The "UTI" That Wouldn't Go Away

by Valerie_Ann

Have you been experiencing the symptoms of a UTI that won't go away with professional treatment? You may have a bladder illness impacting around 4 million Americans.


If you are female, at least once in your life you have probably woken up with the horrible feeling of a urinary tract infection (UTI). You likely experienced burning, pain and stinging and immediately called your doctor hoping to find relief. You took the trip to your family practitioner or gynecologist, gave a urine sample and were sent on your way with antibiotics. After a few days of medication and chugging cranberry juice, your life was back to normal.

Now imagine you woke up with a UTI that wouldn't go away. You went to the doctor as usual. You gave your urine sample and a high white blood cell (WBC) count was found in your urine. The doctor prescribed you some type of antibiotic and sent you on your way. He or she told you that you would receive a call after your urine sample is cultured in a lab to be sure that you were given the right kind of antibiotics for the type of infection you have.

Raise Awareness about IC.
Raise Awareness about IC.

A few days later you receive a call from the doctor's office. The nurse on the phone is happy to report that there was a mistake, despite the high WBC count in your urine (which is an indication of inflammation or infection) you do not actually have a UTI. This news does not sound too good to you as you are still in pain and still urinating several times per hour. You let the nurse know that you are still not feeling well and the doctor starts you on a different type of antibiotics despite the fact that you have no infection. You finish the next round of antibiotics and still feel sick. Maybe you even have been drinking three glasses of cranberry juice a day and swallowing natural cranberry supplements.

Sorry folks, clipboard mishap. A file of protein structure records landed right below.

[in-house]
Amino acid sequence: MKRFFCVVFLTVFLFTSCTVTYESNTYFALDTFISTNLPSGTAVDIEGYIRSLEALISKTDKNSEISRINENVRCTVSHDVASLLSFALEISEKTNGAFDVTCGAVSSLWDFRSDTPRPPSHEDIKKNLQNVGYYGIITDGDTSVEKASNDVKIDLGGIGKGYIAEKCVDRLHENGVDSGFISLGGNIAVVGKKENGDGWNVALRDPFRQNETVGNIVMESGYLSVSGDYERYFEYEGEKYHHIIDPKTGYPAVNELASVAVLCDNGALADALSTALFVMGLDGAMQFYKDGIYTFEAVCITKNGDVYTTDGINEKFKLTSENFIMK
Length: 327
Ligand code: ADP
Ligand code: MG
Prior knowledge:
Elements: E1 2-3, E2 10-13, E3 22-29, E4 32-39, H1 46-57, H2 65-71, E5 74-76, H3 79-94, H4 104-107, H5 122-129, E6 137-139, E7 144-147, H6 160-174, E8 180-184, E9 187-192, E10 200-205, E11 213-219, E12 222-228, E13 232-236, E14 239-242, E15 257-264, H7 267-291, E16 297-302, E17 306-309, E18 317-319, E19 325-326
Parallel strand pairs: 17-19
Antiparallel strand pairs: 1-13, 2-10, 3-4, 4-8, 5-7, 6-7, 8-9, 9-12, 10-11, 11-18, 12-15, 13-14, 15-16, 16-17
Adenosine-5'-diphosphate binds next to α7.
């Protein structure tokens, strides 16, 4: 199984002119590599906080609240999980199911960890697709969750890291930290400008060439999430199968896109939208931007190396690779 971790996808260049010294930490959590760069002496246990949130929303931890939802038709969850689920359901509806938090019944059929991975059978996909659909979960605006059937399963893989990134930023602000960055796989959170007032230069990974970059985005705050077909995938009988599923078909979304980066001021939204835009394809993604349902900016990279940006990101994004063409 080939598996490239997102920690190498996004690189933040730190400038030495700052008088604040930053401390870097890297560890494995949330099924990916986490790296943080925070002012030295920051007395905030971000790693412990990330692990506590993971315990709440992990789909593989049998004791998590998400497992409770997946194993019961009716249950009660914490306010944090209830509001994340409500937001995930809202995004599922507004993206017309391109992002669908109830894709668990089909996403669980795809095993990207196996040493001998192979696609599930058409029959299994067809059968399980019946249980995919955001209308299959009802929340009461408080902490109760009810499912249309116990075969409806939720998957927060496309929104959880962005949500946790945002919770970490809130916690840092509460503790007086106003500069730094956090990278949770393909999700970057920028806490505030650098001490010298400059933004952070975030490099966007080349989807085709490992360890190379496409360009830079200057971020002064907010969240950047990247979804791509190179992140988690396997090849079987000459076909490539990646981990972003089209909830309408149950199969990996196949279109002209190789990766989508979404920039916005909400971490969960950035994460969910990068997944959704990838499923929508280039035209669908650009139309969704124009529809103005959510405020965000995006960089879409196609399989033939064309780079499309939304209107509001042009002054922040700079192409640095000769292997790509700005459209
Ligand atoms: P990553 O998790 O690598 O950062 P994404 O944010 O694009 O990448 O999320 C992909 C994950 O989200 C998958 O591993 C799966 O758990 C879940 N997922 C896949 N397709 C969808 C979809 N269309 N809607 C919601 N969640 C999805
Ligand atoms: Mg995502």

Tales like this are all too familiar to Interstitial Cystitis patients. If you have Interstitial Cystitis instead of a UTI, antibiotics and cranberry juice may actually be making you sicker.

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So what is Interstitial Cystitis Anyway?

Most people have heard of cystitis, a fancy name for a UTI, but not everyone has heard of Interstitial Cystitis (IC). IC and plain old cystitis are very different. Cystitis is a temporary infection of the urinary tract which occurs when foreign bacteria makes its way into the urinary system. Most cases of cystitis can be cured with a solid round of antibiotics.

IC on the other hand is a chronic illness with no cure. Many people who have IC may start out believing that they have a UTI. Some of the symptoms are very similar: frequency, pain, burning. High WBC counts occur often in the urine of an IC patient as IC patients can have thin, inflamed bladder linings and spastic pelvic floors. IC patients do not have infections. IC patients have damaged bladders all the time. This is a permanent issue which the cause of is still not known. The pain an IC patient experiences is not caused by an infection or a sexually transmitted disease.